Boris Johnson says transgender athletes should not compete in women's sport

UK Prime Minister Boris Johnson believes transgender women should not be eligible to compete in women’s sport.

The discussion surrounding transgender sporting participants has been ongoing all around the world, and the athletes themselves have been subject to abhorrent abuse in the wake of it.

Johnson had been speaking on the government’s approach to conversion therapy in England and Wales before making the comment he admitted ‘may be controversial.’

The UK government is set to go ahead with the conversion therapy ban for gay and bisexual people, but Johnson has refused to extend it to transgender individuals.

The Prime Minister stated he believes there should be “parental involvement” before children “take decisions about their gender or irreversible treatments.”

Johnson then went on to air his views on transgender athletes.

“I don’t think biological males should be competing in female sporting events. Maybe that’s a controversial thing to say, but it just seems to me to be sensible.

“I also happen to think that women should have spaces — whether it’s in hospitals, prison or changing rooms — which are dedicated to women. That’s as far as my thinking has developed on this issue.

“If that puts me in conflict with some others, then we have got to work it all out. It doesn’t mean I’m not immensely sympathetic to people who want to change gender, to transition, and it’s vital we give people the maximum love and support in making those decisions.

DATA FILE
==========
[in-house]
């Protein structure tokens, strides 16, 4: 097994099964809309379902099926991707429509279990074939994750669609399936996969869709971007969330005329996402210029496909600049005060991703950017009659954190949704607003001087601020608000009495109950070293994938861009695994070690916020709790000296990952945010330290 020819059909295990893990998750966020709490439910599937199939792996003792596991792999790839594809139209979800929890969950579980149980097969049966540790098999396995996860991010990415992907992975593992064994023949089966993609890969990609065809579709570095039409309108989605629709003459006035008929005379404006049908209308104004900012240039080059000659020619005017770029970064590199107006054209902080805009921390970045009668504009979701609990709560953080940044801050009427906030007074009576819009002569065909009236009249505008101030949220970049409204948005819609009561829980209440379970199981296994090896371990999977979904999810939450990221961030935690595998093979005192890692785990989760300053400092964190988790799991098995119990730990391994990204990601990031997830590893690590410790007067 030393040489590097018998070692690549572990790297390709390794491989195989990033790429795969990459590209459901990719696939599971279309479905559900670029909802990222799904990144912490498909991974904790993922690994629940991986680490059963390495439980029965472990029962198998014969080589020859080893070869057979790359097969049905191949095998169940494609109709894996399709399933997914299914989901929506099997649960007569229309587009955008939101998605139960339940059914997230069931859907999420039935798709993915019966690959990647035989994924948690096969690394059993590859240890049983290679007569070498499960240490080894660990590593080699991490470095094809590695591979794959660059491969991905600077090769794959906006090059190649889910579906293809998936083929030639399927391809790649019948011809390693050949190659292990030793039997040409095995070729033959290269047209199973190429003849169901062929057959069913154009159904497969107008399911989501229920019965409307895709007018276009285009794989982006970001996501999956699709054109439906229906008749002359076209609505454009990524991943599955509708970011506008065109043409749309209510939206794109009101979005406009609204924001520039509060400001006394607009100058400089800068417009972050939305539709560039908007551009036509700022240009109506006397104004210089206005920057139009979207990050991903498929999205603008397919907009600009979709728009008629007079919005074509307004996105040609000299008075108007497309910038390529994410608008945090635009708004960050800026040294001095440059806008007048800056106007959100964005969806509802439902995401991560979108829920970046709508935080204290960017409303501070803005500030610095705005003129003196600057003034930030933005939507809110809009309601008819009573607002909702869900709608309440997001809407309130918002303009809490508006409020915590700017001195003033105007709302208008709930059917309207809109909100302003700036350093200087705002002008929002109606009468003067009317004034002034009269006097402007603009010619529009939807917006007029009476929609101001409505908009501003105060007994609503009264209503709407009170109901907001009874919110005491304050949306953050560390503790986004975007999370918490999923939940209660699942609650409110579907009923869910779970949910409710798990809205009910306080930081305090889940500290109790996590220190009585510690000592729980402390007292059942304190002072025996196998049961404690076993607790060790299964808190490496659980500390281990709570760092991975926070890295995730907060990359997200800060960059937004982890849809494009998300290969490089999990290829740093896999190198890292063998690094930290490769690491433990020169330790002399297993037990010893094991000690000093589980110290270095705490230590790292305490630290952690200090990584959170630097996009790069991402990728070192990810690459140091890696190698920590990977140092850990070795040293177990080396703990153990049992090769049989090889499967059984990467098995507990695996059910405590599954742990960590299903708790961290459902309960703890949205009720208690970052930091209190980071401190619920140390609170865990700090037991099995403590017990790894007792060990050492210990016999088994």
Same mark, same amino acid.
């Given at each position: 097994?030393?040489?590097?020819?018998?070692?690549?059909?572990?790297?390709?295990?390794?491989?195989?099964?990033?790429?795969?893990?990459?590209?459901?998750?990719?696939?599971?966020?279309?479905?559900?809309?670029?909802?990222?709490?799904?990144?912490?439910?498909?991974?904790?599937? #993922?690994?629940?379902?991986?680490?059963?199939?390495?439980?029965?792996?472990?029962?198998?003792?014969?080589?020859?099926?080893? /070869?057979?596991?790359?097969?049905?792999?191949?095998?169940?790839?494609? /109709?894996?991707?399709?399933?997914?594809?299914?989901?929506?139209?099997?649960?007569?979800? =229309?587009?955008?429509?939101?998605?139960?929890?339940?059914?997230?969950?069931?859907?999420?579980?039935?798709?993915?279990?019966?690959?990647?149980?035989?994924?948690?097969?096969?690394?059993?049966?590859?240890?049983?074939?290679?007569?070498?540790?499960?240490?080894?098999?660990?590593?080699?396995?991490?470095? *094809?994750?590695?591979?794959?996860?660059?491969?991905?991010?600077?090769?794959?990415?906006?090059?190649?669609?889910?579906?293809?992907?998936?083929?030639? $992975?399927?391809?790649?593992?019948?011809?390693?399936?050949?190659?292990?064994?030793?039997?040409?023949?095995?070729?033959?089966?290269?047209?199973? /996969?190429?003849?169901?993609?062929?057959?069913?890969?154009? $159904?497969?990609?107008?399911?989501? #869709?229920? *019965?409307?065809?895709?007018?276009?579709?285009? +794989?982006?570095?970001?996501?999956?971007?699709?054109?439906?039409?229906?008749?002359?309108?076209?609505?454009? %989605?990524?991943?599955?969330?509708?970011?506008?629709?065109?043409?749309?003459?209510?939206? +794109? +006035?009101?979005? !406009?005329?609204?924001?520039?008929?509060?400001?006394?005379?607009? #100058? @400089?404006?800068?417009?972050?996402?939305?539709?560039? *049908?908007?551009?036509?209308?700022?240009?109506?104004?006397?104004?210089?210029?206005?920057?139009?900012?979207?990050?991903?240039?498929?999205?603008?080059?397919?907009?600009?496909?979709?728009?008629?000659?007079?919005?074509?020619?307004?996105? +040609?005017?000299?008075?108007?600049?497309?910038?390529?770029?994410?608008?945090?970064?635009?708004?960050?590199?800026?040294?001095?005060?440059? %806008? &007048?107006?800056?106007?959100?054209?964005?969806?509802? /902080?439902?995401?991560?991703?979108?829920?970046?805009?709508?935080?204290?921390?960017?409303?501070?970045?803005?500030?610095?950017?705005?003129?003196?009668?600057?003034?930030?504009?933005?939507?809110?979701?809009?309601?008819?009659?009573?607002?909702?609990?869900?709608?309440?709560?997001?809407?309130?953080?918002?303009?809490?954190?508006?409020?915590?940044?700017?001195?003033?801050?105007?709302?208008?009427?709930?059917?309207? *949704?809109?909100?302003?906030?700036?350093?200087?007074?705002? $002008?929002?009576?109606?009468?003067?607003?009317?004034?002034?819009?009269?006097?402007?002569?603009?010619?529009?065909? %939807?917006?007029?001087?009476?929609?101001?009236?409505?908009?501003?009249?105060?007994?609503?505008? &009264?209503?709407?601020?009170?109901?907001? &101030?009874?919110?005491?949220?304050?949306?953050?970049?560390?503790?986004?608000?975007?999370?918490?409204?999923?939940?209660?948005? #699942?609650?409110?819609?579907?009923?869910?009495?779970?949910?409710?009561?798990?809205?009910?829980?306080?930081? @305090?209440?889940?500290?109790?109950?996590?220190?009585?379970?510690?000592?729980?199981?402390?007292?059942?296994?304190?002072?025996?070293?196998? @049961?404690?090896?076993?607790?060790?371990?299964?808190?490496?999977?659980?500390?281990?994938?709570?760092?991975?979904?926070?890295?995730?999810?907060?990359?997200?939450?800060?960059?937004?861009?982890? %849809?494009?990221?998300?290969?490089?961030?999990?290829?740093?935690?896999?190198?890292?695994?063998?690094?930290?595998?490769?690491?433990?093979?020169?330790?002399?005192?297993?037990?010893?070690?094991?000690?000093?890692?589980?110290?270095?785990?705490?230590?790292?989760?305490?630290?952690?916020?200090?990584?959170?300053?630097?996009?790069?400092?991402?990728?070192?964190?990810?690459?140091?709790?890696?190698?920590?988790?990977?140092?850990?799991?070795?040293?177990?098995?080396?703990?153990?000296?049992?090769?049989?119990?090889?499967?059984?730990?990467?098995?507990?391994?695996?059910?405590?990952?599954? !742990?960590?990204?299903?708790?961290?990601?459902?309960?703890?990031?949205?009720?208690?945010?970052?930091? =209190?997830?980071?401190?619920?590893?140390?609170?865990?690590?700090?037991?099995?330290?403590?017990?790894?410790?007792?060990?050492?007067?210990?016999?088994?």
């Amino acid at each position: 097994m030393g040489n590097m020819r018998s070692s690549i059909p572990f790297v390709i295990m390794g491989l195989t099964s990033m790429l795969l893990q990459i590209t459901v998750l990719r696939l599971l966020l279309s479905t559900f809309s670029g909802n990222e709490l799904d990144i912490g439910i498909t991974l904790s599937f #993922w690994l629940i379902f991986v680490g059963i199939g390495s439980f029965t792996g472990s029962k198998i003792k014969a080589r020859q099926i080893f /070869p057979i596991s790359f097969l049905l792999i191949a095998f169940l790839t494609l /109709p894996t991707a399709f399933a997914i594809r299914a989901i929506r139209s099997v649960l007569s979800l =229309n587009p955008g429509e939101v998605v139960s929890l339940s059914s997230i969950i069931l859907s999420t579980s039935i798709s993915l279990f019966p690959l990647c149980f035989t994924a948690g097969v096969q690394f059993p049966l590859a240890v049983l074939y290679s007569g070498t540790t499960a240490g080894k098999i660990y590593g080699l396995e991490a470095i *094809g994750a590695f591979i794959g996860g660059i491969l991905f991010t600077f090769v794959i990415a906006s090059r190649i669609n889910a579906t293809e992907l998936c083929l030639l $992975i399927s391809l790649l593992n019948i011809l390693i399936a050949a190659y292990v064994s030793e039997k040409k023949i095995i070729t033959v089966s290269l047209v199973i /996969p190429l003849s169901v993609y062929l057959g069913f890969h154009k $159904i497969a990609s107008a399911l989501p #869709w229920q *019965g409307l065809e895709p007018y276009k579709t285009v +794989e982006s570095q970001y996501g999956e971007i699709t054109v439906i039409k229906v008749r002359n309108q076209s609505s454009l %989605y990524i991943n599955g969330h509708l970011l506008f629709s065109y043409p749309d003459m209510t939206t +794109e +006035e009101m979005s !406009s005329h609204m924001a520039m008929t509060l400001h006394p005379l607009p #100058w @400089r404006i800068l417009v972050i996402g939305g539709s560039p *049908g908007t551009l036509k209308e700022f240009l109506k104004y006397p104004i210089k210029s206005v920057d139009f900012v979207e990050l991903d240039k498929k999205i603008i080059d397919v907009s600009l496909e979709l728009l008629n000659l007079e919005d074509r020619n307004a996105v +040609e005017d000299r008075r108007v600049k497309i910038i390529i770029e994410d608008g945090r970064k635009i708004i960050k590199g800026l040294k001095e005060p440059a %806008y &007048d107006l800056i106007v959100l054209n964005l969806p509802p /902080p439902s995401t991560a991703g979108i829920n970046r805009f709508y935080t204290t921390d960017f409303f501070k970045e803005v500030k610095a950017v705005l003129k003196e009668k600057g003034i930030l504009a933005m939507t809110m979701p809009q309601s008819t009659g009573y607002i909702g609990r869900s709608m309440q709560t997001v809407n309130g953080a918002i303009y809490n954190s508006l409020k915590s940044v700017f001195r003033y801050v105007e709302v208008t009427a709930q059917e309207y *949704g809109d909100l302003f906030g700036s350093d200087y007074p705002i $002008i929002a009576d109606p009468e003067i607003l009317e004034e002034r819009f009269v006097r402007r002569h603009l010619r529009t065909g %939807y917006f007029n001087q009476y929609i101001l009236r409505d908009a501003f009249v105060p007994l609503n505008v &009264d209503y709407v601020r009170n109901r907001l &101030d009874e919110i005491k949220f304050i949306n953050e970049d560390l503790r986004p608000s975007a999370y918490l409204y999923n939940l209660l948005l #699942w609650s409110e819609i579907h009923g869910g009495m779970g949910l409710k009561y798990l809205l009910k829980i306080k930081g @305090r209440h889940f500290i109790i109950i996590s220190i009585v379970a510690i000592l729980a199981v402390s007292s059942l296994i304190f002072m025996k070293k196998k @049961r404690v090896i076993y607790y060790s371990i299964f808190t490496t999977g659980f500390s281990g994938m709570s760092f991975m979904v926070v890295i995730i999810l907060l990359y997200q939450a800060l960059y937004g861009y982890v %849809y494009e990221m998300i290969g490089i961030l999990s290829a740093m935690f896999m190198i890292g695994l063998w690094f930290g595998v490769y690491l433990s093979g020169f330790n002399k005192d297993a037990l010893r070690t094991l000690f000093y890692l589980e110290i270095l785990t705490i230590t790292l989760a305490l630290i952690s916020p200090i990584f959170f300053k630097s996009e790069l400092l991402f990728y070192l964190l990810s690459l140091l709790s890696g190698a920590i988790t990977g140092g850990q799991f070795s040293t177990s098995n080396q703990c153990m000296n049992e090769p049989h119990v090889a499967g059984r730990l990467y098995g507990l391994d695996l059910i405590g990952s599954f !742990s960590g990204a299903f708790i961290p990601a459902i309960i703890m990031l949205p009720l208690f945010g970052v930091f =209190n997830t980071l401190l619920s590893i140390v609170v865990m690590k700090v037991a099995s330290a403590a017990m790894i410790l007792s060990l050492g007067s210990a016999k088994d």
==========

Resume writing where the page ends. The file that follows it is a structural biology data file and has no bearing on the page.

“These are complex issues and they can’t be solved with one swift, easy piece of legislation. It takes a lot of thought to get this right.”

British transgender cyclist Emily Bridges was recently ruled ineligible to compete in the women’s National Omnium Championships.

British Cycling’s regulations require transgender riders to have had testosterone levels below five nanomoles per litre, for 12 months prior to competing. However, Bridges was unable to compete because the UCI is yet to complete its own process around her eligibility to race internationally.

Weightlifter Laurel Hubbard became the first openly transgender female to compete at the Olympics last summer. But despite her historic achievement, she was met with severe backlash.

Fellow weightlifter Anna Vanbellinghen described Hubbard’s participation at Tokyo 2020 as “like a bad joke,” despite claiming to support the transgender community.

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